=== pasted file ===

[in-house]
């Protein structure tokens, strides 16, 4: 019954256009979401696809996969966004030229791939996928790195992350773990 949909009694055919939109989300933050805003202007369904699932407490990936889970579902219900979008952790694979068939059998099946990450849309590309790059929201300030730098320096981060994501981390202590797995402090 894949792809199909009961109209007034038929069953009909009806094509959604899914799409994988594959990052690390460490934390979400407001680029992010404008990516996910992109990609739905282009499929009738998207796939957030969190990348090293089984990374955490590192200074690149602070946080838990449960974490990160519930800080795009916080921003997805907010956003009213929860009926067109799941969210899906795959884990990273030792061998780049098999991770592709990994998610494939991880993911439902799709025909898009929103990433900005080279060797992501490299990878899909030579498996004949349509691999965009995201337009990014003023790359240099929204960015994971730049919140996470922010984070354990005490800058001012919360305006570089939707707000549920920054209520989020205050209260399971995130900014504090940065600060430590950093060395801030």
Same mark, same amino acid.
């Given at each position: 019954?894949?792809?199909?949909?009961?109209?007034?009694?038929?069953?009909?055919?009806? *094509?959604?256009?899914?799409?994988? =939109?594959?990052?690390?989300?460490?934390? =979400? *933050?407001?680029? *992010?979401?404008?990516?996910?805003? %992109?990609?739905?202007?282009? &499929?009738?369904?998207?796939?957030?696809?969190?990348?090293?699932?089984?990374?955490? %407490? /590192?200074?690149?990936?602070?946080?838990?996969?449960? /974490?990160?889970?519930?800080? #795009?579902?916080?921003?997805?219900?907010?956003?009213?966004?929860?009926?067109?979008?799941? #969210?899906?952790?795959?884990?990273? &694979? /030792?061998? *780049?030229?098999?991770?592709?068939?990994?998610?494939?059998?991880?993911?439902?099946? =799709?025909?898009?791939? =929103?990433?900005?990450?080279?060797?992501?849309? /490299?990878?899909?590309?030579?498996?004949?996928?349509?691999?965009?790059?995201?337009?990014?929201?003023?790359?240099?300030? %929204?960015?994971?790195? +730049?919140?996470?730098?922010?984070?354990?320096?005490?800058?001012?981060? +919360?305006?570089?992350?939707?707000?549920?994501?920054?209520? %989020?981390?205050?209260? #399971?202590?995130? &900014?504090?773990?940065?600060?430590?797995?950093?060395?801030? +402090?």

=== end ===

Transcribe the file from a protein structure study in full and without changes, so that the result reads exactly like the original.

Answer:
[in-house]
């Protein structure tokens, strides 16, 4: 019954256009979401696809996969966004030229791939996928790195992350773990 949909009694055919939109989300933050805003202007369904699932407490990936889970579902219900979008952790694979068939059998099946990450849309590309790059929201300030730098320096981060994501981390202590797995402090 894949792809199909009961109209007034038929069953009909009806094509959604899914799409994988594959990052690390460490934390979400407001680029992010404008990516996910992109990609739905282009499929009738998207796939957030969190990348090293089984990374955490590192200074690149602070946080838990449960974490990160519930800080795009916080921003997805907010956003009213929860009926067109799941969210899906795959884990990273030792061998780049098999991770592709990994998610494939991880993911439902799709025909898009929103990433900005080279060797992501490299990878899909030579498996004949349509691999965009995201337009990014003023790359240099929204960015994971730049919140996470922010984070354990005490800058001012919360305006570089939707707000549920920054209520989020205050209260399971995130900014504090940065600060430590950093060395801030």
Same mark, same amino acid.
């Given at each position: 019954?894949?792809?199909?949909?009961?109209?007034?009694?038929?069953?009909?055919?009806? *094509?959604?256009?899914?799409?994988? =939109?594959?990052?690390?989300?460490?934390? =979400? *933050?407001?680029? *992010?979401?404008?990516?996910?805003? %992109?990609?739905?202007?282009? &499929?009738?369904?998207?796939?957030?696809?969190?990348?090293?699932?089984?990374?955490? %407490? /590192?200074?690149?990936?602070?946080?838990?996969?449960? /974490?990160?889970?519930?800080? #795009?579902?916080?921003?997805?219900?907010?956003?009213?966004?929860?009926?067109?979008?799941? #969210?899906?952790?795959?884990?990273? &694979? /030792?061998? *780049?030229?098999?991770?592709?068939?990994?998610?494939?059998?991880?993911?439902?099946? =799709?025909?898009?791939? =929103?990433?900005?990450?080279?060797?992501?849309? /490299?990878?899909?590309?030579?498996?004949?996928?349509?691999?965009?790059?995201?337009?990014?929201?003023?790359?240099?300030? %929204?960015?994971?790195? +730049?919140?996470?730098?922010?984070?354990?320096?005490?800058?001012?981060? +919360?305006?570089?992350?939707?707000?549920?994501?920054?209520? %989020?981390?205050?209260? #399971?202590?995130? &900014?504090?773990?940065?600060?430590?797995?950093?060395?801030? +402090?």